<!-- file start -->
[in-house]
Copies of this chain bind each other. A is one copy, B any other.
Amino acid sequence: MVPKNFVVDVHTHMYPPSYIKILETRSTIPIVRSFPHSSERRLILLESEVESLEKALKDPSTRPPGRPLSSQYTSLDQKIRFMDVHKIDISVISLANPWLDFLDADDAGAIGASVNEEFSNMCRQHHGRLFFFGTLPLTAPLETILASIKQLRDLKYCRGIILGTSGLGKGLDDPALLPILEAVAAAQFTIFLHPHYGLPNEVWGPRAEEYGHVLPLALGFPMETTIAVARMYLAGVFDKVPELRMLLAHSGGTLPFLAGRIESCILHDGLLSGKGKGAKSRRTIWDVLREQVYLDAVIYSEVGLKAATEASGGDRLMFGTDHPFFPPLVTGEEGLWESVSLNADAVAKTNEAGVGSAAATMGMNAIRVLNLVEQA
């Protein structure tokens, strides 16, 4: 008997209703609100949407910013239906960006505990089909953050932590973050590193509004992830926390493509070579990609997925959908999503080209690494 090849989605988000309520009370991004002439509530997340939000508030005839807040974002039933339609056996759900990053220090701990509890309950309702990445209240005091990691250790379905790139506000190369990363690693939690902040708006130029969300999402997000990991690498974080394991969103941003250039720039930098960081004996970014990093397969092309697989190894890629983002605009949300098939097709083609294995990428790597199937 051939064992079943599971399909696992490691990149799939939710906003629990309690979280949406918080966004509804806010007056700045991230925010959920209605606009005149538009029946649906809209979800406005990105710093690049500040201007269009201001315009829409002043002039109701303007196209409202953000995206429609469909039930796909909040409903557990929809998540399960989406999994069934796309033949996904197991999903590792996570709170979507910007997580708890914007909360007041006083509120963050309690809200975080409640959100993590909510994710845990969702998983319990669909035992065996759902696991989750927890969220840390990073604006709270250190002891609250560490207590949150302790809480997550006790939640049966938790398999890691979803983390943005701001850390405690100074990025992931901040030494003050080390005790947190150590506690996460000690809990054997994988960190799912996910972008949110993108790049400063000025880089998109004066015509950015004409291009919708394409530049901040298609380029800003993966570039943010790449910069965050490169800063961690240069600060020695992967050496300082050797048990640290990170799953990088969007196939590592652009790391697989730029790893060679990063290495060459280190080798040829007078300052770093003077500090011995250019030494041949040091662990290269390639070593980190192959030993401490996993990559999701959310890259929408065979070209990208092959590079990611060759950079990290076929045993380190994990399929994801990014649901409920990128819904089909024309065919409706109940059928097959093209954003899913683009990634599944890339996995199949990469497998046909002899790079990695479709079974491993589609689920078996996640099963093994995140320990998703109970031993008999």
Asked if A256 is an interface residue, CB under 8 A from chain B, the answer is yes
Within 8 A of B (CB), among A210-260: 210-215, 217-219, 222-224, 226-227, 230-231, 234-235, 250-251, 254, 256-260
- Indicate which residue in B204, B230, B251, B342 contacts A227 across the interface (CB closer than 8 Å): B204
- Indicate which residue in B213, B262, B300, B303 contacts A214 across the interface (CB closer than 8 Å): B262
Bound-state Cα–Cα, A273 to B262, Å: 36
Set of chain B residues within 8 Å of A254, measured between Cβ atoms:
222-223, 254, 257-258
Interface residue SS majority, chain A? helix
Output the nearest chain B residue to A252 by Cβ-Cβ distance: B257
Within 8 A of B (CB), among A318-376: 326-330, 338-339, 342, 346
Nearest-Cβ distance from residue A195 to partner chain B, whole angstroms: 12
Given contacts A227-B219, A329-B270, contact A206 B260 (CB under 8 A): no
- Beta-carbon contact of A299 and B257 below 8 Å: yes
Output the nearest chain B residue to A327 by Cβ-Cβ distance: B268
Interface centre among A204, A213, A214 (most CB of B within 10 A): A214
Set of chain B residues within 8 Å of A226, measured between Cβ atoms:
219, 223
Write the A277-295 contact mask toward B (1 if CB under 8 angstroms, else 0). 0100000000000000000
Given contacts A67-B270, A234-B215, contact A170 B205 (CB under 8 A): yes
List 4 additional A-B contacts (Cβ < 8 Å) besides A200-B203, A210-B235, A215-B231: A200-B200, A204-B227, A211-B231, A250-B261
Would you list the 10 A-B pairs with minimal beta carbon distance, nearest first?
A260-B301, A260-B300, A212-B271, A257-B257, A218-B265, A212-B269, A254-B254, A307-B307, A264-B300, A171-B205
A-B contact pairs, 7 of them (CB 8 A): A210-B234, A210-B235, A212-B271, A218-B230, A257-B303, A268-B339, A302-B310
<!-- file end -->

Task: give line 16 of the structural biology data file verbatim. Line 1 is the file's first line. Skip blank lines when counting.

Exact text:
Given contacts A227-B219, A329-B270, contact A206 B260 (CB under 8 A): no